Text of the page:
Recently, I participated in the Oakdale Chamber of Commerce job shadow event as one of the mentors to a high school student interested in a writing career.
Whenever I hear of students wanting a career in journalism or creative writing, I usually quip something to the effect of “So, they want a lifetime of poverty?” as there simply isn’t the money that used to be found in the distribution of intellectual property. And to be fair, although a bit jaded (and perhaps snarky) it’s entirely useful information for someone considering a career in the written word. I always tell people, take the job because you love it, not because you think it will make you rich. I’ve heard similar strains of advice from teachers mentoring starry-eyed, idealistic whippersnappers with the hopes of becoming teachers someday. The same holds for writing careers.
I’ve had the extraordinary good fortune to find two separate careers in the writing field and experiencing my career through the eyes of someone just starting out on their journey was an unexpected thrill.
To be honest, I didn’t know what to expect and being a busy person, the thought of spending half the morning with a teenager, (that I didn’t give birth to), trailing my every move, seemed a little tedious. I was worried that I wouldn’t know what to say to the student or that I wouldn’t have a very exciting morning to share with them. Let’s face it, a writer’s career is spent most times sitting on their behind, doing Google searches and burying themselves in a Word document — not very exhilarating (for either party). So when I picked up my student (plus my editor’s student) I treated it as just another assignment (i.e. get in, get it done, move on.)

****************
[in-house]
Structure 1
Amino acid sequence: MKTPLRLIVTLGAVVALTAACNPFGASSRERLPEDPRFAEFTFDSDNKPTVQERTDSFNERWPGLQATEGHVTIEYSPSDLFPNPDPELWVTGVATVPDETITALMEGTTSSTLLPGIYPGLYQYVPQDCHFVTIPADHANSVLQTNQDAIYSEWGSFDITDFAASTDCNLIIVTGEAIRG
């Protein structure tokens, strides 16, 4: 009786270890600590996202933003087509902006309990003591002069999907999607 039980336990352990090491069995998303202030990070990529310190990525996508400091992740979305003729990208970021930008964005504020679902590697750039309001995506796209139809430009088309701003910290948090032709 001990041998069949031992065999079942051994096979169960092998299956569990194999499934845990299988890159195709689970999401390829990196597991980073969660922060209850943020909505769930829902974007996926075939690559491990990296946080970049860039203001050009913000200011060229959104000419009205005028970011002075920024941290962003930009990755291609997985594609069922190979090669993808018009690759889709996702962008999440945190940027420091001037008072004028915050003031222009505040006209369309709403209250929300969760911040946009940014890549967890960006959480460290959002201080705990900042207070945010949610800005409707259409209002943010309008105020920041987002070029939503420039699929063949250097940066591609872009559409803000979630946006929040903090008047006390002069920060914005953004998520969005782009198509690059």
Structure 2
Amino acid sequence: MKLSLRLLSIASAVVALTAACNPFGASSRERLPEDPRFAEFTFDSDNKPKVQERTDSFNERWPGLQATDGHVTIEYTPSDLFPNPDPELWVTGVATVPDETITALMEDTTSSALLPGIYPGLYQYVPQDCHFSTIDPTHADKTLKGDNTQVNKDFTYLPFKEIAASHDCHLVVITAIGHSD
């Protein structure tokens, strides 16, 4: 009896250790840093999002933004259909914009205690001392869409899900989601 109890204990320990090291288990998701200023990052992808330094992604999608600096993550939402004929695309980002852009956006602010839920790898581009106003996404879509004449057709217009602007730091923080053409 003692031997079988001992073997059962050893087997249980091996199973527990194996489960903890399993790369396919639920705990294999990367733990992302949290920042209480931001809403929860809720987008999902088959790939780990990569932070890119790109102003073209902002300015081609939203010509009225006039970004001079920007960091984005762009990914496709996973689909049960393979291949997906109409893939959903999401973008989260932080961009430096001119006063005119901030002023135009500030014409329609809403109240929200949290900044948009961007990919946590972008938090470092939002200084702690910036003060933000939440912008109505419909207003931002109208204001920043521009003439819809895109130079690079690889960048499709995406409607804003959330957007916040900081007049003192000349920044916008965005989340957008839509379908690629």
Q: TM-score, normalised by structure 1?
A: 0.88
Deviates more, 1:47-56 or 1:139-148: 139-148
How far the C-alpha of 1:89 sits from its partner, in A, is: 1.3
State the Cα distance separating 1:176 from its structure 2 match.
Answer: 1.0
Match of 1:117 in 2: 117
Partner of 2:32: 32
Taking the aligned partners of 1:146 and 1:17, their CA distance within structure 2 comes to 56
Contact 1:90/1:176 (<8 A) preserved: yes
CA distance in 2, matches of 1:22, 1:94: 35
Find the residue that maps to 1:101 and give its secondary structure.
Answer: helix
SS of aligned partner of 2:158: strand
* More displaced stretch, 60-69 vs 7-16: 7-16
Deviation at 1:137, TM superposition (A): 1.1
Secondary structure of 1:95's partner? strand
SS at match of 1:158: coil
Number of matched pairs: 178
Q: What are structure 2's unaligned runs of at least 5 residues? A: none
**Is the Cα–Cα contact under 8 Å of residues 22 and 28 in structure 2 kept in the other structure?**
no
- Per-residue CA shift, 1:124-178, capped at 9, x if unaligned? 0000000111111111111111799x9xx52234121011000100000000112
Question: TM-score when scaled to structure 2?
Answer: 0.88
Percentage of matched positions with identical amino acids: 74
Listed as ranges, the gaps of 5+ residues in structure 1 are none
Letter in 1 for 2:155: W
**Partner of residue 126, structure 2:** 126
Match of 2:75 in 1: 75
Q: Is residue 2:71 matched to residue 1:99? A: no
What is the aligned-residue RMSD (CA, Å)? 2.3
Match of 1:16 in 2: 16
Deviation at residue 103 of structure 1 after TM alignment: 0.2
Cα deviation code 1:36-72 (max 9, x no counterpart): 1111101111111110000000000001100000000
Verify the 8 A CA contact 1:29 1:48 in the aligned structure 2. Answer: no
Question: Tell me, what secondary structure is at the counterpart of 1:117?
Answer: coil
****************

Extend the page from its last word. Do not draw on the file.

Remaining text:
My editor had a great idea of doing a Q&A in the break room with the two students together to break the ice and to give the students a head start in their questioning.
Confession time: what started out as an ordinary assignment turned into a great experience for both my editor Marg Jackson and myself.
Sharing my experiences with the student reminded me of my beginnings as a journalist that started with my paternal grandmother.
At one time I was as clueless and eager to learn as the student I was mentoring. Suddenly, by relating my various experiences I saw my career through new eyes. It felt good to relate to another person who shared my passion for words. And when we started talking about writing fiction, I was thrilled to overload her with facts about a career that is often shrouded in mystery.
It’s so easy to become jaded as you go through life, no matter your career choice. The job shadow experience helped remind me of the joy that comes with doing a job you love. As adults we get wrapped up in the minutia of the daily grind, forgetting that at one time, we were starry-eyed kids, waiting to grab a future that appealed to us.
So for that, I’m thankful, and I’m ready for next year’s students. Hopefully, there is a writer or two who wants to know the who, what, when, where and why of what I do for a living — because I can’t wait to share my knowledge.
Kim Van Meter is a staff reporter for The Oakdale Leader, The Riverbank News, and The Escalon Times. She may be reached at firstname.lastname@example.org or by calling 847-3021.